Massimo Giannoni’s painting is the protagonist, until Dec. 4, of an exhibition hosted by the Russo Gallery, curated by Lorenzo Canova. Giannoni paints places that are complex and dense with meaning: bookstores and libraries, business exchanges, metropolises, forests, environments with contrasting characteristics brought to miraculous unity by an entirely personal style and technique. The artist, in fact, follows his own unmistakable line, autonomous from the conditioning of fashions and trends, a path solitary one that began at a mature age, having spent the first part of his life traveling. The worlds simultaneous worlds that make up the seductive system of images – thirty-six works in oil on canvas – prompt reflection on the capacity for analysis of reality that the language of painting demonstrates still possesses. A tool of interpretation that is not at all obsolete even when it comes to expressing contemporaneity, thanks, Lorenzo Canova writes, “to what many consider its its limitations, such as the load of history that precedes it or its slowness of execution.” Giannoni, moreover, has never doubted the possibilities of the medium he handles with consummate skill and true passion: “I like painting, using manual dexterity, making an art that is recognizable to everyone.” Dropping into the depths of topical places, complicated entanglements of symbols and life seems to be the nag that moves his painting. It was therefore inevitable, in the end, the comparison with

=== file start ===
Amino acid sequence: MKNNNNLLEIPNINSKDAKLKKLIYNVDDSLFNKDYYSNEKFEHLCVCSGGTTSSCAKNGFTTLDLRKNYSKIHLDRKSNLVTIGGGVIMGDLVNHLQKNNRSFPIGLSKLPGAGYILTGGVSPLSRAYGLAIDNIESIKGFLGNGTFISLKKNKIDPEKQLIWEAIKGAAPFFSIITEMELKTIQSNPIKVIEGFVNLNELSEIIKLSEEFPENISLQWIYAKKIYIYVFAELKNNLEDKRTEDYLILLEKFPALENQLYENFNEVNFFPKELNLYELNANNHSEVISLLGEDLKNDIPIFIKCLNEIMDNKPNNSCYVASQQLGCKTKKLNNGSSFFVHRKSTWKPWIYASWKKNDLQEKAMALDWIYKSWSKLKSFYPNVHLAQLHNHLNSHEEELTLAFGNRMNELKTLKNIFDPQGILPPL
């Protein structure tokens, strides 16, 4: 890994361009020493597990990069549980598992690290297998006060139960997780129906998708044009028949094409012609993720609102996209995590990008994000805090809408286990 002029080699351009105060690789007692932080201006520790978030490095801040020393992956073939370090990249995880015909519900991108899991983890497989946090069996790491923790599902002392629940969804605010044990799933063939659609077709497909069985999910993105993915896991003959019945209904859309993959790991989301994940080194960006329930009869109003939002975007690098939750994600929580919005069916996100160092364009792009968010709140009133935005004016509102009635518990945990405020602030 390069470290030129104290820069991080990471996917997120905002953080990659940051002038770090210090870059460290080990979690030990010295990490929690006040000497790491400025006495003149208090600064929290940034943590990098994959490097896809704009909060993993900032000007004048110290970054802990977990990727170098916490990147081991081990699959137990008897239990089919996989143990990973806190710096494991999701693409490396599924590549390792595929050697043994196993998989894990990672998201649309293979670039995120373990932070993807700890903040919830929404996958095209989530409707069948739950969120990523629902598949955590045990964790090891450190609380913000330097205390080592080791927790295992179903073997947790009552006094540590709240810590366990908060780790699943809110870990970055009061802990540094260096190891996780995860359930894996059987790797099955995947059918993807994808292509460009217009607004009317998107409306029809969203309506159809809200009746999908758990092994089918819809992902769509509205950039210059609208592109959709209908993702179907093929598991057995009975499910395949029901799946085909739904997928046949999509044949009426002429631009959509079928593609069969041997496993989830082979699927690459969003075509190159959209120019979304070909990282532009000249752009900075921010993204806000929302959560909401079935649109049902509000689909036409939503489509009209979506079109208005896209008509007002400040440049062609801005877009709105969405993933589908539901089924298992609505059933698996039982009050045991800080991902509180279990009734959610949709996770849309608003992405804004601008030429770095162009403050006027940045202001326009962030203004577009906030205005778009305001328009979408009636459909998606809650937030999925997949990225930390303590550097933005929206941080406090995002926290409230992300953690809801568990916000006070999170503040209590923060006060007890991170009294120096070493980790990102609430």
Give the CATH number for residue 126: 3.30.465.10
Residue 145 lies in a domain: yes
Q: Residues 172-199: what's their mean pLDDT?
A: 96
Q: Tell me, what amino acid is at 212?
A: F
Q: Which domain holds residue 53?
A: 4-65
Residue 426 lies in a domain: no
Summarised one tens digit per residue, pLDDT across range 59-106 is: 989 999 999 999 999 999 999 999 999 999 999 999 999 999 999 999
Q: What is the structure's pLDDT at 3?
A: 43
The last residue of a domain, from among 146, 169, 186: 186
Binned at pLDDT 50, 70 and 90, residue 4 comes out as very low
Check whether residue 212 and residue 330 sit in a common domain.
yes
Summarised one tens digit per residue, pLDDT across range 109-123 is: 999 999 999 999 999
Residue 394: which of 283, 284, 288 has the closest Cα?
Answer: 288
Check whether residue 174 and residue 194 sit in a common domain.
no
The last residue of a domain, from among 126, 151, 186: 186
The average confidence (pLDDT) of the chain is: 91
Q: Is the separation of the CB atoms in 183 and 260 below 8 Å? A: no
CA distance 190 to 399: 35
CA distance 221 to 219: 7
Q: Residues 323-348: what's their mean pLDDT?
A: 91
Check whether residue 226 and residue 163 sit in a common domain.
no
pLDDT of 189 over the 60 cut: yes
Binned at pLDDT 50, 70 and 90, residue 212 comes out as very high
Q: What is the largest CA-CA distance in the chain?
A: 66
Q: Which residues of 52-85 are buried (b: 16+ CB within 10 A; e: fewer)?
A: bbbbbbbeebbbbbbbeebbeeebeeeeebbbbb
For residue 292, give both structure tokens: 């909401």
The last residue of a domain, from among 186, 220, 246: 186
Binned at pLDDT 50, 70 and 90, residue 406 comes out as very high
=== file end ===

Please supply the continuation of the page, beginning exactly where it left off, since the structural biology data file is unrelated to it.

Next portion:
Rome, quintessential city of stratification, an elusive metropolis that, overlooked from above in the artist’s most recent production, becomes almost comprehensible. The exhibition catalog is enriched by an interview with the artist edited by Marco Tonelli.